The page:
Grief is one of life’s hardest emotions but sadly is also one that we will all experience at one stage or another. There is no right or wrong way to grieve, however, there are healthier ways to approach the grieving process and we’ll explore them in this post.
What is grief?
Before we get into discussing the healthy ways in which you can deal with grief, it’s important to take a step back and understand what grief is. Grief is your emotional response to the loss of someone or something you love and can present itself as a number of different emotions. Grief is often associated with death and this is because the death of a loved one can spark some of the most intense forms of grief, but grief can also be felt for a number of other loses such as;
The loss of your health
The loss of your job
A breakdown in your marriage or relationship
The loss of a pregnancy
The loss of a pet
The loss of a friendship
The loss of a family home
The loss of a cherished possession
Grief can also manifest from other smaller life changes such as a change in schools, a change in jobs, retirement or moving away from home. It’s normal to grieve losses and to feel grief at these times is completely normal.
What does grief feel like?
Grief can feel like different things to different people but most would describe it as pain. Grief can also be felt as;
Shock Immediately after a loss the bodies first response can be that of shock and disbelief in what has happened. This can manifest it as expecting someone you know has died to turn up even though you know it isn’t possible or denying that an event has happened even though the truth is before your eyes.
Anger Anger is another completely normal part of grief and even if the loss was nobodies fault you may be feeling resentful or be looking for someone to blame.
Frustration Loss is often something that is out of your control which can lead to feelings of frustration. You may feel as if you could have done something to prevent what happened, or be frustrated that action wasn’t taken sooner.
Guilt Guilt is another common feeling experienced after a loss. You may feel guilty about something you said or something you did when the person was alive, or perhaps you feel guilty that you didn’t manage to prevent the inevitable.
Sadness A feeling of profound sadness is probably one of the most widely felt symptoms of grief. You may feel despair or emptiness and it is normal to also feel depressed. It’s normal to cry a lot during grief and to feel a sense of emotional instability.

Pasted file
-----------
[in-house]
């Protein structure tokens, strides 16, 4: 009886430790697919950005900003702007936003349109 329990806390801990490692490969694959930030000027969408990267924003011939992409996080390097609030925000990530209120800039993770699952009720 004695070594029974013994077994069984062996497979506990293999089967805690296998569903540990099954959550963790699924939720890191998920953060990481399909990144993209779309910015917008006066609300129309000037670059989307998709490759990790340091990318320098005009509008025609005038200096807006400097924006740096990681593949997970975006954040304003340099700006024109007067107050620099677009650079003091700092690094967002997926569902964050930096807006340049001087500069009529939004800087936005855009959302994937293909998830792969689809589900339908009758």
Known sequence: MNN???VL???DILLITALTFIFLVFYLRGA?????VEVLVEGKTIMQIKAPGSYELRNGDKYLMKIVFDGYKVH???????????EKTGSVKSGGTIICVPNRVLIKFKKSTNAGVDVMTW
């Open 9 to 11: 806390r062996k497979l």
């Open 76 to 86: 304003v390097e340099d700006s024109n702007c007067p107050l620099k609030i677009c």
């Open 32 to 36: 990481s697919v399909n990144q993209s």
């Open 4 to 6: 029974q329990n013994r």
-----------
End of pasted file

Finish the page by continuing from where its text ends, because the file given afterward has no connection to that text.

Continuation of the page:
The emotions of grief can also disrupt your daily life, making it hard to sleep, eat, work and function on a day to day basis. The more significant your loss the more extreme your feelings of grief may be. Some of the physical symptoms of grief you may experience include;
Feeling unusually tired
Feeling physically sick
Having a lowered immunity and getting sick more easily
Sudden weight loss or weight gain
Unusual aches and pains
Difficulty sleeping or insomnia
What are the stages of grief?
In 1969, psychiatrist Elisabeth Kübler-Ross was the first to introduce what we now know as the five stages of grief.
Although these five emotions have been identified as the five common stages of grief it’s important to note that not everyone will experience grief in this way or in this order, and if you do happen to go through these five stages they may not stand out as independent moments in time but will likely blur together. Elisabeth herself did not want these five stages to be used as an explanation for grief writing, ‘“They were never meant to help tuck messy emotions into neat packages. They are responses to loss that many people have, but there is not a typical response to loss, as there is no typical loss. Our grieving is as individual as our lives.”.
How can you approach grief in a healthy way?
When grieving a death, the funeral process can be very difficult, this process can be made easier by dealing with a sympathetic funeral director such as Phillip Stephens Funeral Home. The pain of grief can often cause those suffering from it to want to disconnect from their social circle and withdraw from society, however in order to heal it’s important to try and seek face to face support. Try to take comfort from your friends and family, lean on those that care about you and take help when it is offered to you. Remember that many people struggle with what to say when it comes to grief, but simply being in the presence of someone who is trying to support you is beneficial. Another option is to reach out to a grief support group which can help you to share your loss with others who have experienced the same pain. If your grief feels overhwelming then you may also wish to speak to a grief counsellor who can help you to understand your feelings.
Face your feelings
Suppressing grief is not healthy, face your feelings head-on and acknowledge what you are feeling. Pushing down your feelings can lead to problems later such as substance abuse, depression and anxiety.
Try to keep up your normal routine
Find comfort in your routine and try to get back to your hobbies and interests that spark joy, this will help you heal and find comfort outside of the grieving process.
Plan ahead for things that may trigger your grief
Certain dates or milestones may trigger your grief, try to plan for these occasions and work with your friends and family to find a way to cope with them.
Look after your physical health
The mind and the body are connected, grief can be very strenuous on the body and so not looking after yourself during this time can make your grief worse. Try to eat, even if you are not feeling hungry, rest and allow yourself time to recover.